NABOKV-L post 0017514, Tue, 23 Dec 2008 03:06:46 -0200

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THOUGHTS: Nabokov and Machado
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Jerry Friedman [ replies to Jansy Mello's "Poets don't offer an animal's name keeping in mind its scientific label[...] how can we know that Machado's englished weasel is not a ferret or a marten"]: Some do. I feel sure Nabokov and his created poets didn't use words that meant a species other than the one they meant[...]By the way, Frost seems to be careful about such things; on the other hand, Robert Bly refers to a Wilson's warbler as a "wren". [...] Machado: De entre las peñas salen dos lindas comadrejas; My literal translation:From between the rocks emerge two beautiful weasels; Nims: Suddenly two lissome mink glitter from the rock.

JM: Thanks. My dictionary offered me a choice for weasel: "comadreja" or "hurón". Now I see Machado's choice was "comadreja".
Your observations concerning fidelity for an animal's habitat in translation [ the poem is set high on a dry mountain, so the habitat is wrong for a mink or a polecat. It seems it could be a stone marten[...].Another translation open to criticism, incidentally, as "mourning cuckoo" might bring up an irrelevant slang meaning, but "mourning dove" is the name of a North American bird--are we in "Russian" Estoty?] helped me to understand more clearly why VN dismissed Ezra Pound ( although I remember only his references to Pound as a poet, not in connection to his translation of "The Seafarer" - in which he followed his theory on the importance of a poem's sound over meaning - at least this is what I read in Borges).

JF: [ Jansy quotes Machado: "Caminante no hay camino/sino estelas en la mar" translates us back to the Timon lines [...] "Walker there is no "ready path"/ only stars in the sea"]: You've been led astray by a /falso amigo/.Estela/ is "wake" [...]; "star" is estrella...
JM: Estela is a complicated word in Portuguese since the distinction bt. Latin stela (pillar) and stella (star) is often lost. "False friends", indeed. Thanks for your straightforward correction!

Stan K-B: What matters in allusionology, Jansy, is deciding which of the many pointers lurking behind every word can be linked to plausibly intended targets[...] In the SLSK context of finding hidden objects, one immediately thinks of the “Brazil Nut Effect” [...] The name comes from the fact that in a mixed bag of peanuts and Brazil nuts, the larger nuts end up on top. VN may have had some literary analogues in mind? Supporting your playful link via selenium to the moon, VN might well have read any number of 1950/60s faddish books on “Supplementary Minerals.” [...] I feel that Nabokov “plays fair.” Cryptic crosswords vary in their fiendishness, but regular solvers develop an instinct for the tricks of word-mangling employed by each puzzle setter.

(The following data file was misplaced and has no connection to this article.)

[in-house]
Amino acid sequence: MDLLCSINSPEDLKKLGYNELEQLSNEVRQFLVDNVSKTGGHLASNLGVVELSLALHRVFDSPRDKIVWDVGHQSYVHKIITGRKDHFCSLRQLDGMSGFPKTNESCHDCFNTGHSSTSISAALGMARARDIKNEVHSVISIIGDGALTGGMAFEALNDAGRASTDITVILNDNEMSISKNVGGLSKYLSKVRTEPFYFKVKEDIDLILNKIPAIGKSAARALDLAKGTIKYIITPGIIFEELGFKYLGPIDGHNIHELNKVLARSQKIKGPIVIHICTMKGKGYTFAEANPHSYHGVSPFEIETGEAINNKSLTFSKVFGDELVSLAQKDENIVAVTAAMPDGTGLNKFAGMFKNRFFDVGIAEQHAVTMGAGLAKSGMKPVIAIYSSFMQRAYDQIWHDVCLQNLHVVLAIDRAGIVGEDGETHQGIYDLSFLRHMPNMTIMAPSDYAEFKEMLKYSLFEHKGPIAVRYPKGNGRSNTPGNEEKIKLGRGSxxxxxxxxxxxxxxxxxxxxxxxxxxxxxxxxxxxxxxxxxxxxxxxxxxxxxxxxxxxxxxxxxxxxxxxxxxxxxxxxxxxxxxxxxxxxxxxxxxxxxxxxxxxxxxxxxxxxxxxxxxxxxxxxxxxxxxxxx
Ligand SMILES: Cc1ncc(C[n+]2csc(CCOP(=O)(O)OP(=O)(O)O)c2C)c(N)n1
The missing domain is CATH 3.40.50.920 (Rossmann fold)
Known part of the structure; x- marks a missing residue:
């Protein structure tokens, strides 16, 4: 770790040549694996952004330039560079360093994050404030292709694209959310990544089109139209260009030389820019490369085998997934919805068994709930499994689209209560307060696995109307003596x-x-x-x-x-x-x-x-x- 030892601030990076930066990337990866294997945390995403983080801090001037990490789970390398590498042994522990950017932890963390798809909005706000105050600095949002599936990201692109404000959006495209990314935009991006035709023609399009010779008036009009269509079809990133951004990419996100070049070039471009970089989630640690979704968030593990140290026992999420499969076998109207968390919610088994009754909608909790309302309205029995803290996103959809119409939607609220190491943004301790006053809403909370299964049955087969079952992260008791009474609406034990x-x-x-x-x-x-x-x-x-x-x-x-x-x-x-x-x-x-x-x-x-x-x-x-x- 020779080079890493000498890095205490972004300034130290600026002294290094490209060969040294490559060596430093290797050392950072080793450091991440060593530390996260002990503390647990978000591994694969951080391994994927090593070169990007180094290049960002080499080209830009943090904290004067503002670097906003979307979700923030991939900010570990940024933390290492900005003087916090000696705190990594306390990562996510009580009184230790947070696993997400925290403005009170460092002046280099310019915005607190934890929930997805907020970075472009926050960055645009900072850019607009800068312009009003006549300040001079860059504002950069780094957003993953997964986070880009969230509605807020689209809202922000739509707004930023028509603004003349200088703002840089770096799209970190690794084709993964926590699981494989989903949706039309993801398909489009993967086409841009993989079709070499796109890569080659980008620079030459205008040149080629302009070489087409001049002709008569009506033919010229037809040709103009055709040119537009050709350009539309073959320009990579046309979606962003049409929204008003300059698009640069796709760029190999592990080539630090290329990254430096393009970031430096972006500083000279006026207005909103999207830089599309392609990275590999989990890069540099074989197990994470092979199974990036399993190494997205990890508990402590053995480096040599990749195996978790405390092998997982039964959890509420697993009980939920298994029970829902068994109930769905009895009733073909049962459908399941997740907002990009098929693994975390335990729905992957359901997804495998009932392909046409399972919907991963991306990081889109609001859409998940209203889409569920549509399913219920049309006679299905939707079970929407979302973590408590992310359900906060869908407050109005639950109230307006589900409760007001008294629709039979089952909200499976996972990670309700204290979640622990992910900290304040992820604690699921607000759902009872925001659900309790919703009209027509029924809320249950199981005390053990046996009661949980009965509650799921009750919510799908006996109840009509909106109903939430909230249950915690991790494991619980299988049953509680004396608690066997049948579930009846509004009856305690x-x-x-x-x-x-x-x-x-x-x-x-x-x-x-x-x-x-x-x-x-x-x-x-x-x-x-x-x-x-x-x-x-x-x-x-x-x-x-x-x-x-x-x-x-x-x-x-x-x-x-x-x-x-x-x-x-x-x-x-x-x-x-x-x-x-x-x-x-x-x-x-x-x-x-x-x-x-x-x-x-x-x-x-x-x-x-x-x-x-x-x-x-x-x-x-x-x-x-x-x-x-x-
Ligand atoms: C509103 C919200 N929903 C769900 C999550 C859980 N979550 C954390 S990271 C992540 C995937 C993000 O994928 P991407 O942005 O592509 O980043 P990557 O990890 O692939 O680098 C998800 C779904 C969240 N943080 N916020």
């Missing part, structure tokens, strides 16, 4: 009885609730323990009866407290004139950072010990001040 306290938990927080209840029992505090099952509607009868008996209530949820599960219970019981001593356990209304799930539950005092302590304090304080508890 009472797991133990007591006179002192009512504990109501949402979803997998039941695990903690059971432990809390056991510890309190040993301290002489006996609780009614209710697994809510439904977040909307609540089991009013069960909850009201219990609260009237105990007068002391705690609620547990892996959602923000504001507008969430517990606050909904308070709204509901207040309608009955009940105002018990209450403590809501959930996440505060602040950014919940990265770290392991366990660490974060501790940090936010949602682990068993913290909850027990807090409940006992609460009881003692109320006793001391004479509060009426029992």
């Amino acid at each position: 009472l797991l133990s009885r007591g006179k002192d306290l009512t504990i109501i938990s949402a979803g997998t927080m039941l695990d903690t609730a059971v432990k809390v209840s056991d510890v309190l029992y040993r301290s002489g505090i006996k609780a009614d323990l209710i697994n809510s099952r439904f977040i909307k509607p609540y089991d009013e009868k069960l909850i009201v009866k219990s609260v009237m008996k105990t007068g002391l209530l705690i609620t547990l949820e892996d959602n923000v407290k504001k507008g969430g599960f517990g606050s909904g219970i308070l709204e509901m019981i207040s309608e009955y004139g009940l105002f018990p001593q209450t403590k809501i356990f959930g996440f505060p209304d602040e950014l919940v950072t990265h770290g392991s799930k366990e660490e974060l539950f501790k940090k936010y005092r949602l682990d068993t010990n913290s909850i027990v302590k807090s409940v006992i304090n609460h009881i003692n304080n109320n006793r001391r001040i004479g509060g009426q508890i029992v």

JM: What spurred me on were references to biology (the enchained complications for the fertilization of the Brazil-nut plant and long-tongued bees) and the closeness of selenium to tellurium , as an inspiring element to its discoverer for choosing the word selenium. These seemed to be "plausibly intended targets." Your "Brazil Nut Effect" seems to be closer to a scouse-tease.
Nabokov plays fair, indeed, giving compass-directions, season of the year, birds or insects close to the plants they need to feed on, aso.

In one of my postings (related to weasels) I quoted Christian Morgenstern. In another poem he dwells on the spots of a guinea-fowl. The bird is called "Perlhuhn" in German, so the poet had him "count his pearls". A translator appropriated the more ample meaning of "riches" to have the English avian count his "guineas": I wonder if VN would have opposed this choice for a literal rendering of would get lost in translation* and foot-notes would be a spoiler.




* Das Perlhuhn zählt: eins, zwei, drei, vier .../ Was zählt es wohl, das gute Tier,/ dort unter den dunklen Erlen? // Es zählt, von Wissensdrang gejückt,/
(die es sowohl wie uns entzückt):/ die Anzahl seiner Perlen.
Cp. with Johannes Beilharz: The guinea fowl counts: one, two, three, four.../Pray what is all that counting for,/ Out there among the deep dark pine trees?// The bird, driven by knowledge's itch,/ And doing so without a glitch,/ Is counting what it's worth in guineas.
NB: The translator disregarded "Erlen" and "Anzahl", too, or so it seems to me.








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